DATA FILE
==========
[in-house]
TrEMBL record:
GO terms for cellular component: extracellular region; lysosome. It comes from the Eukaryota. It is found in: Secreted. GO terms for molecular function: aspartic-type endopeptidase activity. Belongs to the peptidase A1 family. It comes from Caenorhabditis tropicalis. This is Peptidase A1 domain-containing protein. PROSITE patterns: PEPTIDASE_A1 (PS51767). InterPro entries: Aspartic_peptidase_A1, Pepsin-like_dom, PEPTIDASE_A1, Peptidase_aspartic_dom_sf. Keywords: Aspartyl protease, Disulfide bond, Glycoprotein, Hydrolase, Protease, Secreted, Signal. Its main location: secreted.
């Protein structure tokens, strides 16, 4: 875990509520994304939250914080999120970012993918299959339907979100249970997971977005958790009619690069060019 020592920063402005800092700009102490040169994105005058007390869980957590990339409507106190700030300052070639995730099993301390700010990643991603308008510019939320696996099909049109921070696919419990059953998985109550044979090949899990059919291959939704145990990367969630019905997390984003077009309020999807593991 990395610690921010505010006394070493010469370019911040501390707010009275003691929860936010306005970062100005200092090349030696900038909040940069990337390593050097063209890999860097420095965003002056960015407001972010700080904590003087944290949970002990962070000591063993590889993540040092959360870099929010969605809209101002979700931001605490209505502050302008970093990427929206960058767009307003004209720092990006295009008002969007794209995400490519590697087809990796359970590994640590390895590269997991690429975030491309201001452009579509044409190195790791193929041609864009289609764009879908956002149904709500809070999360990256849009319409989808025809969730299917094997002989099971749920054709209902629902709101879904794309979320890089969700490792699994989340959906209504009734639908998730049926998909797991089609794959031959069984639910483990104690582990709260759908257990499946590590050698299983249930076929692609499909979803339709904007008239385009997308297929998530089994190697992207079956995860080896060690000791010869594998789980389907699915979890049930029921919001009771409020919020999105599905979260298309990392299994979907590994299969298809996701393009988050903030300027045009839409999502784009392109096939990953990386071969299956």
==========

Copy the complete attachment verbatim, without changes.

[in-house]
TrEMBL record:
GO terms for cellular component: extracellular region; lysosome. It comes from the Eukaryota. It is found in: Secreted. GO terms for molecular function: aspartic-type endopeptidase activity. Belongs to the peptidase A1 family. It comes from Caenorhabditis tropicalis. This is Peptidase A1 domain-containing protein. PROSITE patterns: PEPTIDASE_A1 (PS51767). InterPro entries: Aspartic_peptidase_A1, Pepsin-like_dom, PEPTIDASE_A1, Peptidase_aspartic_dom_sf. Keywords: Aspartyl protease, Disulfide bond, Glycoprotein, Hydrolase, Protease, Secreted, Signal. Its main location: secreted.
């Protein structure tokens, strides 16, 4: 875990509520994304939250914080999120970012993918299959339907979100249970997971977005958790009619690069060019 020592920063402005800092700009102490040169994105005058007390869980957590990339409507106190700030300052070639995730099993301390700010990643991603308008510019939320696996099909049109921070696919419990059953998985109550044979090949899990059919291959939704145990990367969630019905997390984003077009309020999807593991 990395610690921010505010006394070493010469370019911040501390707010009275003691929860936010306005970062100005200092090349030696900038909040940069990337390593050097063209890999860097420095965003002056960015407001972010700080904590003087944290949970002990962070000591063993590889993540040092959360870099929010969605809209101002979700931001605490209505502050302008970093990427929206960058767009307003004209720092990006295009008002969007794209995400490519590697087809990796359970590994640590390895590269997991690429975030491309201001452009579509044409190195790791193929041609864009289609764009879908956002149904709500809070999360990256849009319409989808025809969730299917094997002989099971749920054709209902629902709101879904794309979320890089969700490792699994989340959906209504009734639908998730049926998909797991089609794959031959069984639910483990104690582990709260759908257990499946590590050698299983249930076929692609499909979803339709904007008239385009997308297929998530089994190697992207079956995860080896060690000791010869594998789980389907699915979890049930029921919001009771409020919020999105599905979260298309990392299994979907590994299969298809996701393009988050903030300027045009839409999502784009392109096939990953990386071969299956």